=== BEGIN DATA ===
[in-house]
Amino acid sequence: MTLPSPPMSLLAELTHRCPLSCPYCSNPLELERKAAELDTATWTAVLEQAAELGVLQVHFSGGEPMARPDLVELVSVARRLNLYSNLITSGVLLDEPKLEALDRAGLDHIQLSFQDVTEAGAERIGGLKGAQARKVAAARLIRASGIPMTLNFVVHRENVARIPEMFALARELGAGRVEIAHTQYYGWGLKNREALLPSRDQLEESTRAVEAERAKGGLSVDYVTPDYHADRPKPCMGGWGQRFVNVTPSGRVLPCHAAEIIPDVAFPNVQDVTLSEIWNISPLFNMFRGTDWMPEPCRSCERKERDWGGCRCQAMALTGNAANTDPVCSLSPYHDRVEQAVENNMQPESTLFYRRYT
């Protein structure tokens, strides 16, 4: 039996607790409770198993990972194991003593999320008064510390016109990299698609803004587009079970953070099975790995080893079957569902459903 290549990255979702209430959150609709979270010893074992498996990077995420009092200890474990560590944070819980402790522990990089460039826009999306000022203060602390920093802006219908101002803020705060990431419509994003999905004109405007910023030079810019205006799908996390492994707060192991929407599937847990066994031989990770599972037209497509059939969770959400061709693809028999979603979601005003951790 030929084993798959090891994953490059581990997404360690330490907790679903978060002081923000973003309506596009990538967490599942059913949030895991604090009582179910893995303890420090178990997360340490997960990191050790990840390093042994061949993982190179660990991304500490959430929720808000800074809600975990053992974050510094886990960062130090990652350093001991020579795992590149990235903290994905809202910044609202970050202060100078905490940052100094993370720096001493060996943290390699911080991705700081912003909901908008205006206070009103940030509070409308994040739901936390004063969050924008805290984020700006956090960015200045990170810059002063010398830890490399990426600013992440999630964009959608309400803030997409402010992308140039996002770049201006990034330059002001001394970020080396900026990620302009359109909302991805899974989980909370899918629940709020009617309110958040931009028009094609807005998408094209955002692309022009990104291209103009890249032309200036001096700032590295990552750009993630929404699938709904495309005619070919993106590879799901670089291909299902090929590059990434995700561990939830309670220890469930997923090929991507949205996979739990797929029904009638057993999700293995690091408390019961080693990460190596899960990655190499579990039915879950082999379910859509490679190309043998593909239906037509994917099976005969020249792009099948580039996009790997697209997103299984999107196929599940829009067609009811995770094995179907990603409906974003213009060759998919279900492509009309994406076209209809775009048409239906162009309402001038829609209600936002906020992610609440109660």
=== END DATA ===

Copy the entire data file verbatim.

[in-house]
Amino acid sequence: MTLPSPPMSLLAELTHRCPLSCPYCSNPLELERKAAELDTATWTAVLEQAAELGVLQVHFSGGEPMARPDLVELVSVARRLNLYSNLITSGVLLDEPKLEALDRAGLDHIQLSFQDVTEAGAERIGGLKGAQARKVAAARLIRASGIPMTLNFVVHRENVARIPEMFALARELGAGRVEIAHTQYYGWGLKNREALLPSRDQLEESTRAVEAERAKGGLSVDYVTPDYHADRPKPCMGGWGQRFVNVTPSGRVLPCHAAEIIPDVAFPNVQDVTLSEIWNISPLFNMFRGTDWMPEPCRSCERKERDWGGCRCQAMALTGNAANTDPVCSLSPYHDRVEQAVENNMQPESTLFYRRYT
């Protein structure tokens, strides 16, 4: 039996607790409770198993990972194991003593999320008064510390016109990299698609803004587009079970953070099975790995080893079957569902459903 290549990255979702209430959150609709979270010893074992498996990077995420009092200890474990560590944070819980402790522990990089460039826009999306000022203060602390920093802006219908101002803020705060990431419509994003999905004109405007910023030079810019205006799908996390492994707060192991929407599937847990066994031989990770599972037209497509059939969770959400061709693809028999979603979601005003951790 030929084993798959090891994953490059581990997404360690330490907790679903978060002081923000973003309506596009990538967490599942059913949030895991604090009582179910893995303890420090178990997360340490997960990191050790990840390093042994061949993982190179660990991304500490959430929720808000800074809600975990053992974050510094886990960062130090990652350093001991020579795992590149990235903290994905809202910044609202970050202060100078905490940052100094993370720096001493060996943290390699911080991705700081912003909901908008205006206070009103940030509070409308994040739901936390004063969050924008805290984020700006956090960015200045990170810059002063010398830890490399990426600013992440999630964009959608309400803030997409402010992308140039996002770049201006990034330059002001001394970020080396900026990620302009359109909302991805899974989980909370899918629940709020009617309110958040931009028009094609807005998408094209955002692309022009990104291209103009890249032309200036001096700032590295990552750009993630929404699938709904495309005619070919993106590879799901670089291909299902090929590059990434995700561990939830309670220890469930997923090929991507949205996979739990797929029904009638057993999700293995690091408390019961080693990460190596899960990655190499579990039915879950082999379910859509490679190309043998593909239906037509994917099976005969020249792009099948580039996009790997697209997103299984999107196929599940829009067609009811995770094995179907990603409906974003213009060759998919279900492509009309994406076209209809775009048409239906162009309402001038829609209600936002906020992610609440109660």